The Greek referendum: Raising the stakes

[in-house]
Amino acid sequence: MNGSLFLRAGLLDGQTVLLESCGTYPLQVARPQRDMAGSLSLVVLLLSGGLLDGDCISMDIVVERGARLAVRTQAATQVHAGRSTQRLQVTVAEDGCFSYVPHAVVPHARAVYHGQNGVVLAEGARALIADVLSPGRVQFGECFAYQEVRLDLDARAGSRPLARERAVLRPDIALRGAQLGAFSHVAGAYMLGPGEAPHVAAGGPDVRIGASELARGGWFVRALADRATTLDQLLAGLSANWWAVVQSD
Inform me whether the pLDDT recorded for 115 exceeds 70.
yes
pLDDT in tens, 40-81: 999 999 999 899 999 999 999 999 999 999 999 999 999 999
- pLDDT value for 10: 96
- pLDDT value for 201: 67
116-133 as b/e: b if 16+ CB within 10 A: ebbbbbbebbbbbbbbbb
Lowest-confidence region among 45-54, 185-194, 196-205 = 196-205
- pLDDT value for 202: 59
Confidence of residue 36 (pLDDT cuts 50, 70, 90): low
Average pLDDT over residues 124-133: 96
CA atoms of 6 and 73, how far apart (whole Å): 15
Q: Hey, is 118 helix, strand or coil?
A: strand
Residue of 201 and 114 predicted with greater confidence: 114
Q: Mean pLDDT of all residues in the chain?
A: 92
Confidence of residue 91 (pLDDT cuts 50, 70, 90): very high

DESPITE twists and turns, there appeared to be the makings of a deal between Greece and its international creditors—euro-zone governments and the IMF—in further negotiations on Friday, which would allow urgently needed bail-out funds to be released shortly. That changed abruptly when Alexis Tsipras, the Greek prime minister and leader of the radical-left Syriza party, announced late that night on television that he was calling a referendum on the creditors’ proposals, to be held on Sunday, July 5th. Euro-zone finance ministers who were due in any case to meet in Brussels today to decide upon their next move have yet to respond. But it is clear that Mr Tsipras’s move takes the dispute into perilous territory, bringing Greece closer to the edge of leaving the euro.Already on Saturday pictures of anxious savers queuing outside banks to withdraw money were circulating. A slow-motion bank run that had already drained €35 billion ($39 billion) of household and corporate deposits out of the Greek banking system between November 2014 and May 2015 threatens to get out of control. Greek banks have been able to cope with the haemorrhage of deposits only thanks to massive borrowing from the Bank of Greece, permitted by the European Central Bank (ECB) in Frankfurt. The ECB is now likely to call time on this and to prevent further increases in this “emergency liquidity assistance” …

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